Sean Broderick was not just any ordinary IRA Volunteer, for he was the commanding officer of the 4th Battalion of the IRA’s ‘Galway Brigade’. In his statement of events he included details of how he was arrested, taken back to the railway station, and almost shot to death during the police riot that occurred later that night. “My father’s house was raided,” he said. “I heard them coming, but, as I slept at the top of the house, I had no means of escape. They pulled me down the stairs in my shirt and trousers, without boots, and brought me towards the station, poking me with their rifles and revolvers and accompanied by choice language. I saw several patrols of military on our way and, when we got to the station, I shouted to the British Army officer that as an officer of the I.R.A. I demanded a fair trial. The reply from several of his men was: “You bloody bastard””

Broderick said that the police put him up against a wooden railway door and assembled a firing squad to execute him, and all he could do was to close his eyes and pray. The police fired and Broderick fell, but miraculously, he survived. He stated, “I realised I was not seriously wounded and commenced to moan and kick my legs and then lay still. To my complete amazement, they then cleared off hurriedly without firing any further shots at me.” Furthermore, Broderick described what he had seen and done earlier that night, stating that there were several IRA Volunteers at Galway station that night. He said, “We went up to the railway station to meet Michael Thornton of Connemara, who was coming from Dublin on the 11 p.m. train, as we expected he would have some stuff for our planned attack on Spiddal R.I.C. barracks. We were told by Volunteers that there were a few armed Tans swaggering about after leaving Baker s Hotel in Eyre St., which was a resort for the R.I.C. and Tans. I had already told Captain Sean Turk to meet us at the station with a few armed men. I met him and we decided to hold up the Tans and disarm them. I was just walking into the station when I heard shots. I found one Tan shot and his pals gone.”

This testimony, however, was not conclusive, because Broderick was reminiscing years after the event, and had not seen everything that had happened and. as a result, in his account, Constable Krumm and a civilian motor driver had become “a few armed Tans swaggering about.” In addition, both John Caddan and Mícheál Ó Droighneáin agree that it was another Volunteer who was stood up against the door at the Galway railway station, instead of Sean Broderick. The testimony of the latter is important, because he was, in fact, the ‘Michael Thornton to whom Broderick had referred. Ó Droighneáin was the one arriving at Galway station that night, on the train from Dublin with some revolvers and improvised explosives in a box under his seat, which were to be used in an attack on the constabulary station at Spiddal. According to Ó Droighneáins Witness Statement, a group of “six or eight” Galway Volunteers under the command of Captain Seán Türke met him at the station and loaded the box of munitions onto a wagon. “No sooner had the horse begun to move out of the station,” he said, “than shots rang out around us. We galloped off with our load.”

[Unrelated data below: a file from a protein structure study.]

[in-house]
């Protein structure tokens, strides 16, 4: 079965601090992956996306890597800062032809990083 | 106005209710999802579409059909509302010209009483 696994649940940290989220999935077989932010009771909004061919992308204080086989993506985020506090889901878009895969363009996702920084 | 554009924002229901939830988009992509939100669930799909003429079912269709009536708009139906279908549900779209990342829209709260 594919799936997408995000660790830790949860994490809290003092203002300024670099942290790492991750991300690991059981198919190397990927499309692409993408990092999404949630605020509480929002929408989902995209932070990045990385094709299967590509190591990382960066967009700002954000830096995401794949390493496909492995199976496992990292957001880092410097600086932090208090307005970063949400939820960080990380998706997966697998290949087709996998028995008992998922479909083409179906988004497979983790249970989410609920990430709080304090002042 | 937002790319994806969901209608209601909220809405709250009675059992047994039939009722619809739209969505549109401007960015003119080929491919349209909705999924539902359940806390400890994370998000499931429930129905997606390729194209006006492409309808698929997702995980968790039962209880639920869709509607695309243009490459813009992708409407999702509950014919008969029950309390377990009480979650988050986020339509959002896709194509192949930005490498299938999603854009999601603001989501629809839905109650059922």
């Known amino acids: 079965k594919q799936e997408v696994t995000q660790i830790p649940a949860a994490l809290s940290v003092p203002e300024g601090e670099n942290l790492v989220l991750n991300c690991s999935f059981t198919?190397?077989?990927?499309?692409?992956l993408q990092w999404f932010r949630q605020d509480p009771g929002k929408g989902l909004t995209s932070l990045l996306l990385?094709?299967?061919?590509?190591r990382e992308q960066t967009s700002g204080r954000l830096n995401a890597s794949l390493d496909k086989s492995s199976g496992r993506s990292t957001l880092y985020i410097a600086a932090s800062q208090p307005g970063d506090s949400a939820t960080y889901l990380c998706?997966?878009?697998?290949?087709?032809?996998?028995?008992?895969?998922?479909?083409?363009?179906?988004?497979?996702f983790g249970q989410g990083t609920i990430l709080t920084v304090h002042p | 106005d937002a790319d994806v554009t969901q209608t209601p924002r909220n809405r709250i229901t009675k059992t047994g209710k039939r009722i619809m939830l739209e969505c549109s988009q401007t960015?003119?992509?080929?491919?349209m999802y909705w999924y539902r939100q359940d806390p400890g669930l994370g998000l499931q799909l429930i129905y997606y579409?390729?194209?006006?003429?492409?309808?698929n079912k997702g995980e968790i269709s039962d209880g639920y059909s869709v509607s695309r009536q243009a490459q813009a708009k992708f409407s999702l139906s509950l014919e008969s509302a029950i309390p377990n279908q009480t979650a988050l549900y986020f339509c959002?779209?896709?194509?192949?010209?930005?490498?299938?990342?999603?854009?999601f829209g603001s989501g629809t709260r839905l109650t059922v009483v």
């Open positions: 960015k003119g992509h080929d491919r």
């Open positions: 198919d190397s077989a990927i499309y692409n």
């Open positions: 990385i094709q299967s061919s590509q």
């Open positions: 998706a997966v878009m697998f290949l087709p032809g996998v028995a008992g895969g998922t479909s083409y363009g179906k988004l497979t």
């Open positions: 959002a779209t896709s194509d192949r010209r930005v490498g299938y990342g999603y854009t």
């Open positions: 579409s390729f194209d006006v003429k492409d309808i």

What happened was this,” Ó Droighneáin said. “A Black and Tan named Krumm [sic], was moving around the station, swinging a heavy revolver, and blowing about it, and making himself a nuisance to everybody. Just at the point that we had our box on the sidecar, Seán Türke jumped on Krumm’s back, and brought him to the ground. Krumm blazed away immediately, and one of his bullets hit Mulvoy, from the effects of which he died during the night. One of our boys had a .32 revolver, and with it he shot Krumm dead. Some say it was Frank Dowd who did it, but I remember Tommy Fahy, the youngest of the lot, saying it was he who fr one more fact. Reprisals, like the Galway police riot that followed the shooting of Constable Krumm, are usually blamed on the ‘Black and Tans’ and Auxiliaries. Edward Krumm, however, was the only ‘Black and Tan’ at Eglinton Street Barracks in the city, and he was dead before the reprisals began. The police who rioted after Krumm was shot dead were all Irishmen, the same as those Irishmen who had rioted in Tuam in the previous July. Moreover, these police were led by a Catholic Irish officer. In his testimony to the ‘American Commission’, John Caddan mentioned a “District Inspector Crewe,” who had taken part in the riot along with his men, and who was promoted “about a week after.” In fact, this police officer’s name was Richard Cruise, who had been appointed the district inspector for Galway in mid- June and became the county inspector in charge of County Galway’s West Riding in mid-October. In his monthly report, the new county inspector noted, with evident sense of satisfaction, that “The chief item of interest in Galway during the month was the reprisal scare and the dread of the gun-men lest the forces of law and order should catch any of them in the act of any of their evil doings.